The Inquirer dropped a bombshell today: Microdrives are less reliable than flash memory.
Does this surprise anyone?Microdrives are conventional hard drives, shrunk down to the smallest size possible using current technology. The problem with doing this should be evident from watching laptops. Laptop hard drives fail more often than desktop hard drives because they get slung around a lot more.
For that matter, desktop hard drives don’t have all that great of a reputation for reliability, and they lead much calmer, safer lives than their portable bretheren.
Flash memory has no moving parts, so its lifespan is measured, generally, in number of writes. A true torture test for flash memory is to put it in a computer and stick a Windows swap file on it (don’t do it). That will kill it much faster than giving it repeated swims in a cup of hot coffee.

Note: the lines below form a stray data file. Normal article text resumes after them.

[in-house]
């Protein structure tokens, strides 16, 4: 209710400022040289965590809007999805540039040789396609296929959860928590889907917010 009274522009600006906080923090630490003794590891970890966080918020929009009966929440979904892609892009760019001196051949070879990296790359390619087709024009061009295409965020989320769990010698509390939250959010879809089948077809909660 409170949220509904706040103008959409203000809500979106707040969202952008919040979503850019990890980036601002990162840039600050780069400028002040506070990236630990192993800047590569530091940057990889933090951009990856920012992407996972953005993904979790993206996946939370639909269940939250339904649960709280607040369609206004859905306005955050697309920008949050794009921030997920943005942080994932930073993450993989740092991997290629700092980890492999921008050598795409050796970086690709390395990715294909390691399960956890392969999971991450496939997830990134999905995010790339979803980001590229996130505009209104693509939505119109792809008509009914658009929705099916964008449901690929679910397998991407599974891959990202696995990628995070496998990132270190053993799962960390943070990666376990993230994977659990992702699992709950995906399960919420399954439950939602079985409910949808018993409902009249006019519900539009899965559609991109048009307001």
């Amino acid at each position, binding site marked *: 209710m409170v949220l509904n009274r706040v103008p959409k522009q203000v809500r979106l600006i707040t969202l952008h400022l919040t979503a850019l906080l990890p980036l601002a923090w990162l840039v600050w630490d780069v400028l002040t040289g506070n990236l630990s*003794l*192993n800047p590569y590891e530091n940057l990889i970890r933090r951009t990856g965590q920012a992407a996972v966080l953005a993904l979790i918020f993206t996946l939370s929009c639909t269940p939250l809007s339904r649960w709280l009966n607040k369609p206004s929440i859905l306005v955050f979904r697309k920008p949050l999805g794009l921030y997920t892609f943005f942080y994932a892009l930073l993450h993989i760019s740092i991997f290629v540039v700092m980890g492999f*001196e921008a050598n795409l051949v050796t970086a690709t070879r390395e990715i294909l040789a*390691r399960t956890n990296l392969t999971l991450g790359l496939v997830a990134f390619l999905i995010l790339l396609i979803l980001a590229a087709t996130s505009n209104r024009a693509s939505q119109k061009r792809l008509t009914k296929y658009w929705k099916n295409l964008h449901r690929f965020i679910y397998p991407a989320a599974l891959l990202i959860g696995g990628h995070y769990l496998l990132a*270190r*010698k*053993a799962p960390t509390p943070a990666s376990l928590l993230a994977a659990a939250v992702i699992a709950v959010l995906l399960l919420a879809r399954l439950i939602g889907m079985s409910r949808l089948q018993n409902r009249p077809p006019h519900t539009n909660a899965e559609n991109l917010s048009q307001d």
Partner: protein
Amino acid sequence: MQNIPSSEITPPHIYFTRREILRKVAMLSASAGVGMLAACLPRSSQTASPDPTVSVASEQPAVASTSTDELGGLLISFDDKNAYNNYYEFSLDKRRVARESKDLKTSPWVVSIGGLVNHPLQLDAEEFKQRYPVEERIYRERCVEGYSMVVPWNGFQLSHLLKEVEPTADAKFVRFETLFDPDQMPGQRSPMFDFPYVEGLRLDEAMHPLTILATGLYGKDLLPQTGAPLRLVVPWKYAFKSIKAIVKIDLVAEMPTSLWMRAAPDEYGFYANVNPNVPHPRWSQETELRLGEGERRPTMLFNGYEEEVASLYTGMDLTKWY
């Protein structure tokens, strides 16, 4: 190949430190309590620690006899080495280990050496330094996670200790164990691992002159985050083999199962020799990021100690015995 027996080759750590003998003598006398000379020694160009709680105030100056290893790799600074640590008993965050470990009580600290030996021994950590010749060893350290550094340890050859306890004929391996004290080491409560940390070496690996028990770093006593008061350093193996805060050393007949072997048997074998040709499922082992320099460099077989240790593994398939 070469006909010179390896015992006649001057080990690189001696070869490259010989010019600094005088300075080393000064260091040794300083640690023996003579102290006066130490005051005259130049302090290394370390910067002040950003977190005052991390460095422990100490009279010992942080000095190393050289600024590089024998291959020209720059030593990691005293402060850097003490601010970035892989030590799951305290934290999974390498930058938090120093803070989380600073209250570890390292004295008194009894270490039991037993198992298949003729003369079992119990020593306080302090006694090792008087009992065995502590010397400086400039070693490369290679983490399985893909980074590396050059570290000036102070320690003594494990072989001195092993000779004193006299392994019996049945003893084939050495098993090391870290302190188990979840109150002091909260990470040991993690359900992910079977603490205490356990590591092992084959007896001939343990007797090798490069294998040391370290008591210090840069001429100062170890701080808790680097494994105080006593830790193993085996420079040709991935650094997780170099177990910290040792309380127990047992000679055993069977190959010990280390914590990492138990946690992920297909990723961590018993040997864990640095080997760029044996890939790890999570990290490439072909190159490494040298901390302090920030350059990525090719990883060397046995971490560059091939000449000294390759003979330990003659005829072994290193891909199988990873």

The downside to flash memory is its limited capacity in comparison to spinning media, not to mention its sometimes annoyingly slow write speeds, but for reliability in harsh environments, it’s hard to beat something with no moving parts that can get stuck, whether it’s from expansion and contraction due to low temperatures or debris gumming up the works.